The first week of November, 2008, has been one which will long be remembered. First the historical win by Barak Obama, and then, at the end of that same week, the city of Los Angeles City Council announced its decision to install solar energy systems on rooftops all over the city.
Although the city council does not need to put the solar program to a vote, they will be doing so, putting forth the Green Energy & Green Jobs For Los Angeles proposal on the ballot for a March, 2009 vote. This February, Mayor Antonio Villaraigosa had already announced the Solar Jobs Initiative, which would fund increasing solar capacity on city-owned and commercial rooftops, creating 350-400 jobs, at a cost of about 270 million dollars.
If the Green Energy & Green Jobs for Los Angeles proposal passes, the resulting solar systems would produce some 400 megawatts from the sun’s rays, which is the consumption of about 108,000 customers.
Why are they putting it to a vote if they don’t need to do so? They want to ensure that the program continues beyond their terms in office. A vote by the citizens would mandate the program, ensuring its longevity. “It’s been expressed that this would represent buy-in from the public in investing in solar,” said the city’s Chief Legislative Analyst, Gerry Miller. But this proposal is a lot bigger than the one that the city council just approved. If passed, the project would cost somewhere between 1.5 and 3 billion dollars. Revenue Bonds, private capital and Federal and State grants would provide the funding to put sunny Southern California in the Green. Read more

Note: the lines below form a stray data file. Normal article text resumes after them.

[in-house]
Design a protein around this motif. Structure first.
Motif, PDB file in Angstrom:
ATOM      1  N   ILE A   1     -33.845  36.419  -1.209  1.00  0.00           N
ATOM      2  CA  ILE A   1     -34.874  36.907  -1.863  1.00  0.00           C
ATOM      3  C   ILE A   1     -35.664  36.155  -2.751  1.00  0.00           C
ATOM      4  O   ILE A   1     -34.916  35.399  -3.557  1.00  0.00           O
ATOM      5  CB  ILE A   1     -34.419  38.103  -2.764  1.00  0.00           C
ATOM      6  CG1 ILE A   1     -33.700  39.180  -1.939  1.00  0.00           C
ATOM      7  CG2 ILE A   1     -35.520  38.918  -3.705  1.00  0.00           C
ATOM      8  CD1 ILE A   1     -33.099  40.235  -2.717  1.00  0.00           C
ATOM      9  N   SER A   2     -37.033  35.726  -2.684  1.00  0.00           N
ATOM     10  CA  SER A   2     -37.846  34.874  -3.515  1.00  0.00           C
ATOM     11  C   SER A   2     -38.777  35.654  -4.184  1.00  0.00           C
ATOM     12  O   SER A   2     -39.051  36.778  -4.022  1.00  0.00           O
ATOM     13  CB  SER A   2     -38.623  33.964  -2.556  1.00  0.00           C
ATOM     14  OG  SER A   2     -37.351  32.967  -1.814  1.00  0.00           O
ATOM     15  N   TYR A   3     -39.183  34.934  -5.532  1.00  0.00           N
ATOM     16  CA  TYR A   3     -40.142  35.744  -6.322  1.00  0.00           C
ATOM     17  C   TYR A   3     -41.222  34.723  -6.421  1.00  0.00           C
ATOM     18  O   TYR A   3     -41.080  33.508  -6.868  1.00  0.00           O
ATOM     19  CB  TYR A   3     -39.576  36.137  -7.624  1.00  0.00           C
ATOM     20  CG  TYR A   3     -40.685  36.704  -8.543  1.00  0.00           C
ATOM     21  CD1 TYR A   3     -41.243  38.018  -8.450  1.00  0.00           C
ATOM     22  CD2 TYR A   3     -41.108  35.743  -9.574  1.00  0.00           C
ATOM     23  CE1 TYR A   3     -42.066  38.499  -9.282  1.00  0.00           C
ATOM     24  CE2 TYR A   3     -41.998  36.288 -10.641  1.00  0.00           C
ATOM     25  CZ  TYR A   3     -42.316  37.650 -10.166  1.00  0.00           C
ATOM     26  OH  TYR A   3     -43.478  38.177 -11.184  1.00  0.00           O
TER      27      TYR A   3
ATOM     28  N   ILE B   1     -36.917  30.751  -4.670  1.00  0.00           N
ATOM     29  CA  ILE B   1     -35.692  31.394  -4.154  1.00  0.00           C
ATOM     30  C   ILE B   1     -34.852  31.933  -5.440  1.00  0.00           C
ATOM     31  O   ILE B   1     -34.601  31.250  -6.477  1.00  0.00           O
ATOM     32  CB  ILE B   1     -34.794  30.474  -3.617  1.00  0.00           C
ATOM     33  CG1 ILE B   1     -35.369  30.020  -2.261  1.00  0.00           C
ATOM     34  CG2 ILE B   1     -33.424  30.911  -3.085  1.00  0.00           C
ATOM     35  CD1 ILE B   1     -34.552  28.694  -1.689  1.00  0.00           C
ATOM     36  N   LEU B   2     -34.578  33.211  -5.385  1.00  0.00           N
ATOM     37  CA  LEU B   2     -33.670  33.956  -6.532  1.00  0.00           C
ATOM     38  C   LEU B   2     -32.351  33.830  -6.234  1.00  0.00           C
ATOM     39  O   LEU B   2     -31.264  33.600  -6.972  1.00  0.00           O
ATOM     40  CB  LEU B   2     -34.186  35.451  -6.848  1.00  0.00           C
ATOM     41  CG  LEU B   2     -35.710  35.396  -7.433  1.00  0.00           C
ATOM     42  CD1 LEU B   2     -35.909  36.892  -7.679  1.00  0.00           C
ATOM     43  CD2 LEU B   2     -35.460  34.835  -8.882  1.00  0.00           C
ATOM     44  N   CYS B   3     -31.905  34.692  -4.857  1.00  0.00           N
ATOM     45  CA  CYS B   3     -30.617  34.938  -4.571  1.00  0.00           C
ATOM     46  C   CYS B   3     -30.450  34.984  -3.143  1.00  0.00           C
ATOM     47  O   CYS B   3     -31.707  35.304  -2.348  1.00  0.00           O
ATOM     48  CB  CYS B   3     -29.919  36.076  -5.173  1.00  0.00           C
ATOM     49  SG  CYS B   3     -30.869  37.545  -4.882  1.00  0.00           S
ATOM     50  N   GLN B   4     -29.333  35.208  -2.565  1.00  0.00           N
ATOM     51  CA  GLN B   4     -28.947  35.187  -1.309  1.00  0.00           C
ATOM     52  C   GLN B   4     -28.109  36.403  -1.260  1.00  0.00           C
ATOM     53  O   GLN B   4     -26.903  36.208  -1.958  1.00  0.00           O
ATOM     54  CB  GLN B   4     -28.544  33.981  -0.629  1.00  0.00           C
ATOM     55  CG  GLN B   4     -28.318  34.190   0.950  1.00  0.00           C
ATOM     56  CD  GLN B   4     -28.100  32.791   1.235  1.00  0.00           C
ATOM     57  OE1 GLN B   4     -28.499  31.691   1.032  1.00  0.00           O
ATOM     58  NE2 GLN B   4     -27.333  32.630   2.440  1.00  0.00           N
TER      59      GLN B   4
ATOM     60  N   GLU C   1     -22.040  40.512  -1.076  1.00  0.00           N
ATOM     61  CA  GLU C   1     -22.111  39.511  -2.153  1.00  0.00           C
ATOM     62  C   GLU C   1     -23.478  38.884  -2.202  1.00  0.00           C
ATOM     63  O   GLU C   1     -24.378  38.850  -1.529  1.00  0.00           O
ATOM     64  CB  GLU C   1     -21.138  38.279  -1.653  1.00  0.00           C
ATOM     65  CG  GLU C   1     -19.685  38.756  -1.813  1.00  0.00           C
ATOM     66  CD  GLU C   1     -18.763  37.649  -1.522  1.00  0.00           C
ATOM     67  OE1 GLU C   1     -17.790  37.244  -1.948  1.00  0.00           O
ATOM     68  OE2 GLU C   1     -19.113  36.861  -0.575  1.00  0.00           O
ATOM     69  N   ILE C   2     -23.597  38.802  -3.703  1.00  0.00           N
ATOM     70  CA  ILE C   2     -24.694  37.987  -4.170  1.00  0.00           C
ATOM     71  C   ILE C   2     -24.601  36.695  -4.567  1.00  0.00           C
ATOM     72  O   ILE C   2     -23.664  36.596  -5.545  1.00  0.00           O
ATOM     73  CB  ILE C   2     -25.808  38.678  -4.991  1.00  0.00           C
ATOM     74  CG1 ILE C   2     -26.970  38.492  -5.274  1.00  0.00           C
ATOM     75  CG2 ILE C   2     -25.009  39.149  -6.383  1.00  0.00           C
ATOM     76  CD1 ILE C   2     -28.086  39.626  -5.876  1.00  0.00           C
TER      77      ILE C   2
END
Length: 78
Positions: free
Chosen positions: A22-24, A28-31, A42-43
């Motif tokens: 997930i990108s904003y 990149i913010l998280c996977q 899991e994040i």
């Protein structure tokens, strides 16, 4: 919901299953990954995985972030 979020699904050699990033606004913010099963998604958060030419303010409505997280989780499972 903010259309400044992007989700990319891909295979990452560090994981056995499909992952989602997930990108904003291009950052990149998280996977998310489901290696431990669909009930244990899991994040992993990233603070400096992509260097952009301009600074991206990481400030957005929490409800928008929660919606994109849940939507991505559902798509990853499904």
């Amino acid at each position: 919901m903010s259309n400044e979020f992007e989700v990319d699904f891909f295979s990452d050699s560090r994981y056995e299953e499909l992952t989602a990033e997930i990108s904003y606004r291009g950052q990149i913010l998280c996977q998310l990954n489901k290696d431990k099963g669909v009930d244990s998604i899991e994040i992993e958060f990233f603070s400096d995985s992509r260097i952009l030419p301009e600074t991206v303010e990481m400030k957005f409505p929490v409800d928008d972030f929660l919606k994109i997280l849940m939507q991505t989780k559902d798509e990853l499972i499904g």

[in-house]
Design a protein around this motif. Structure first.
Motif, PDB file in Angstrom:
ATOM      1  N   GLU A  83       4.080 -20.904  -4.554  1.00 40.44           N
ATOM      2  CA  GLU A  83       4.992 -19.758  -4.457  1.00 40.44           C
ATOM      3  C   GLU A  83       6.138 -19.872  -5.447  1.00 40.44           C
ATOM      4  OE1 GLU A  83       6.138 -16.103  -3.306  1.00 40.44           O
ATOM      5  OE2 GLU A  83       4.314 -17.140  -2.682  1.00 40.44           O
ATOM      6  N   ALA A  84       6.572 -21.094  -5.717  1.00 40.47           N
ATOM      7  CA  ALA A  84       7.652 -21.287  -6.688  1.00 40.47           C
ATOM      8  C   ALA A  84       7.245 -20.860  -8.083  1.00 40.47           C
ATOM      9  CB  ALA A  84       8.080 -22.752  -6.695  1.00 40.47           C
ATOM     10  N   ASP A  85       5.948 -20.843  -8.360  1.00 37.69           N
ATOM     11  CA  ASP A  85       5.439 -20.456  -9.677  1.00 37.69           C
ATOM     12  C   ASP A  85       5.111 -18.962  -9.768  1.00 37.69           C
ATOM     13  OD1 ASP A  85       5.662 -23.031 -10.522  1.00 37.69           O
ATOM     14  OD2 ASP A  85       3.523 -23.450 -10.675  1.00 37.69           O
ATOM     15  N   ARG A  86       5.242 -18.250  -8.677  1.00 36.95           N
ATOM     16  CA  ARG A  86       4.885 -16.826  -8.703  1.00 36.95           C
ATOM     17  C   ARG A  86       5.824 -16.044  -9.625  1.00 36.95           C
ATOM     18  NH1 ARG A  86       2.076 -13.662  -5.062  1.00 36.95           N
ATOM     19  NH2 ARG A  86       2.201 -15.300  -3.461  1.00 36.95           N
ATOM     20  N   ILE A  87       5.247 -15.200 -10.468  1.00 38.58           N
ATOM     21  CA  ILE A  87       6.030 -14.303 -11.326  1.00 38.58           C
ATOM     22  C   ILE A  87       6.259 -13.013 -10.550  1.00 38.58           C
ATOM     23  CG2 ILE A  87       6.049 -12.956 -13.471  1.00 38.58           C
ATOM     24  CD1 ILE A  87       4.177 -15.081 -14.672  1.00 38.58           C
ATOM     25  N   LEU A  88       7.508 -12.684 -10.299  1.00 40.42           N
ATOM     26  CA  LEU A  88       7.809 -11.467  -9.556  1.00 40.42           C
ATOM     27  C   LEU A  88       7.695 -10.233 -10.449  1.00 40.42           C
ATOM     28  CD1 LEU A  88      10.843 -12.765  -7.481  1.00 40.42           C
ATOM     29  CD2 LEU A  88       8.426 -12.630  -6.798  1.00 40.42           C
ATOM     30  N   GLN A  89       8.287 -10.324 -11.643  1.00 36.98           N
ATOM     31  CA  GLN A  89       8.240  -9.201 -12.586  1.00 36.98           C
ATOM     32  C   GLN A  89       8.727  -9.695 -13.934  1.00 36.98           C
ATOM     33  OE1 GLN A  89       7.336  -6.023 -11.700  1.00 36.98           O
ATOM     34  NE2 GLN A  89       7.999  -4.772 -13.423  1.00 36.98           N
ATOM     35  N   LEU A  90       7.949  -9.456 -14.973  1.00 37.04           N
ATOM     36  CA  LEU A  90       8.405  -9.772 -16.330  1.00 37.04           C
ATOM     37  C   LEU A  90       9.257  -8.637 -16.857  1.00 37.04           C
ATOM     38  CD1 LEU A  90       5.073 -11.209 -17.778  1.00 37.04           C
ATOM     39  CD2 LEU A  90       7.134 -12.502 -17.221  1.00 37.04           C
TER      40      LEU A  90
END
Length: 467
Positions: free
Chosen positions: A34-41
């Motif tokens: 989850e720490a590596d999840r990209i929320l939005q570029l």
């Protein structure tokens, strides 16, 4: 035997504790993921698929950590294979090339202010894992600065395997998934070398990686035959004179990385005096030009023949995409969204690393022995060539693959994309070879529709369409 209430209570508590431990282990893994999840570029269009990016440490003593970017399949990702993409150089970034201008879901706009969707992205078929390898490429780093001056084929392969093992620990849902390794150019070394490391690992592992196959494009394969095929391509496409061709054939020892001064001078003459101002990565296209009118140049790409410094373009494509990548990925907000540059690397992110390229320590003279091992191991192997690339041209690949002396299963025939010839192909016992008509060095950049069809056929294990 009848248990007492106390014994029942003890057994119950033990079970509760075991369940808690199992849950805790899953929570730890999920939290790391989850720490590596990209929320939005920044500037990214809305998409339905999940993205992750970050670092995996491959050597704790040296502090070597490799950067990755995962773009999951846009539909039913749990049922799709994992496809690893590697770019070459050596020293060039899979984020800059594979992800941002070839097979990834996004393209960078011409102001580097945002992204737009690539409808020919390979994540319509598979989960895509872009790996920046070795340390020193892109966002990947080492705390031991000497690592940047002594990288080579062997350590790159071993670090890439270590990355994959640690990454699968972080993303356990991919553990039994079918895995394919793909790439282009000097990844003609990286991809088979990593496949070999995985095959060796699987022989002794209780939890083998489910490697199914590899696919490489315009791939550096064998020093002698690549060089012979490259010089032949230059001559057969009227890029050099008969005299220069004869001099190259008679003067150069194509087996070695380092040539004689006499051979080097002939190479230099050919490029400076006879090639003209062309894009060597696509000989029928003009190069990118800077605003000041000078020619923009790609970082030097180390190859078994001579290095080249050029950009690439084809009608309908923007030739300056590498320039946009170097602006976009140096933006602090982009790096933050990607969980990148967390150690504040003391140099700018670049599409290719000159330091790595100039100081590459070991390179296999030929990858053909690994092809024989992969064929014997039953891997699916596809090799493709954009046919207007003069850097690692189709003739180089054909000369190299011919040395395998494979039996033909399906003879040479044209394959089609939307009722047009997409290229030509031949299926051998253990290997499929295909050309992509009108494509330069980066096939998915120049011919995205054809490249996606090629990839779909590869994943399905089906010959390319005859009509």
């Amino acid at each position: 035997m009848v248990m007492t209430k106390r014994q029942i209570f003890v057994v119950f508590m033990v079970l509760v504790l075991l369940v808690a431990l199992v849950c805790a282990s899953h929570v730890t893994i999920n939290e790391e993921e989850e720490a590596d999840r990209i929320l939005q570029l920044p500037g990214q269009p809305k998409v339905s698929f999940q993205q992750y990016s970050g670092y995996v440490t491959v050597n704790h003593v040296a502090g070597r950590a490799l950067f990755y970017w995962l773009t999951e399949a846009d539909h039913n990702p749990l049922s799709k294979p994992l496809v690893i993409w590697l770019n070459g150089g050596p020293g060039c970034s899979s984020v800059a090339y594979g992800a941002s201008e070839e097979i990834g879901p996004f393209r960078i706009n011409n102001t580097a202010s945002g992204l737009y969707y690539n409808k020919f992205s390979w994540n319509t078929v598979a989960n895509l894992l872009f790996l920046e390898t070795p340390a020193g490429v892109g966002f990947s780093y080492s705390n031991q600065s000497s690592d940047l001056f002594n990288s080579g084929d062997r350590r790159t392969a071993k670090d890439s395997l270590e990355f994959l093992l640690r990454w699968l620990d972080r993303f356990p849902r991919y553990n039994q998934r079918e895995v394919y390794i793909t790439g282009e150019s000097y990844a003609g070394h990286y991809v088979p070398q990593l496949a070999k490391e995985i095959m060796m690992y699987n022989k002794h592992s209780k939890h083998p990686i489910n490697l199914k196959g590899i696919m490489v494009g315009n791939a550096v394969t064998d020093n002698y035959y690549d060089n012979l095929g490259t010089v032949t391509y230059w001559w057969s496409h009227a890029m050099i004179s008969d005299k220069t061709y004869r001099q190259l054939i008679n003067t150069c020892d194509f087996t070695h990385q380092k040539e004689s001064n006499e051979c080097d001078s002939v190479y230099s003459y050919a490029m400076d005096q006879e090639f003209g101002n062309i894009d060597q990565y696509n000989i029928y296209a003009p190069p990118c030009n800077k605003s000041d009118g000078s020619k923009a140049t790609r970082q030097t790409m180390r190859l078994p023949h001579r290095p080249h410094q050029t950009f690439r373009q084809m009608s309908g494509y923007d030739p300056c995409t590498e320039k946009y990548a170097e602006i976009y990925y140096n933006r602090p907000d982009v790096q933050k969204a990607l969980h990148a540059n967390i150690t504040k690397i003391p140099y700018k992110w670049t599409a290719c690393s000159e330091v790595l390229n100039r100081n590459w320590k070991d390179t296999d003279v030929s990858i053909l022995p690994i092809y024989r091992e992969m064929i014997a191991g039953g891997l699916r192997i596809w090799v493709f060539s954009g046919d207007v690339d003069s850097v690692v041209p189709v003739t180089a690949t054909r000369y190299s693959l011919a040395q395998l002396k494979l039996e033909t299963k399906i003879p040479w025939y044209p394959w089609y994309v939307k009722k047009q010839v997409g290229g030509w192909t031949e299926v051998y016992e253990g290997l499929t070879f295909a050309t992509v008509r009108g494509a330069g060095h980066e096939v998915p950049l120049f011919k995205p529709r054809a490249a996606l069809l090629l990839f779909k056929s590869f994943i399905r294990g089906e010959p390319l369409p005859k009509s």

One of the big concerns about Solar energy is how to store it. That’s a valid concern. So far, batteries are large, heavy, environmentally messy, and need replacing every 4 years or so. Well, that’s actually the best case scenario, the GOOD version. Fact is, the batteries are often much more problematic than that, require a lot of maintenance and repair/exchange during those four years as well. What, then, are the answers? Well, if you’re on-grid, you can sell it back to the power company. What if you’re off-grid?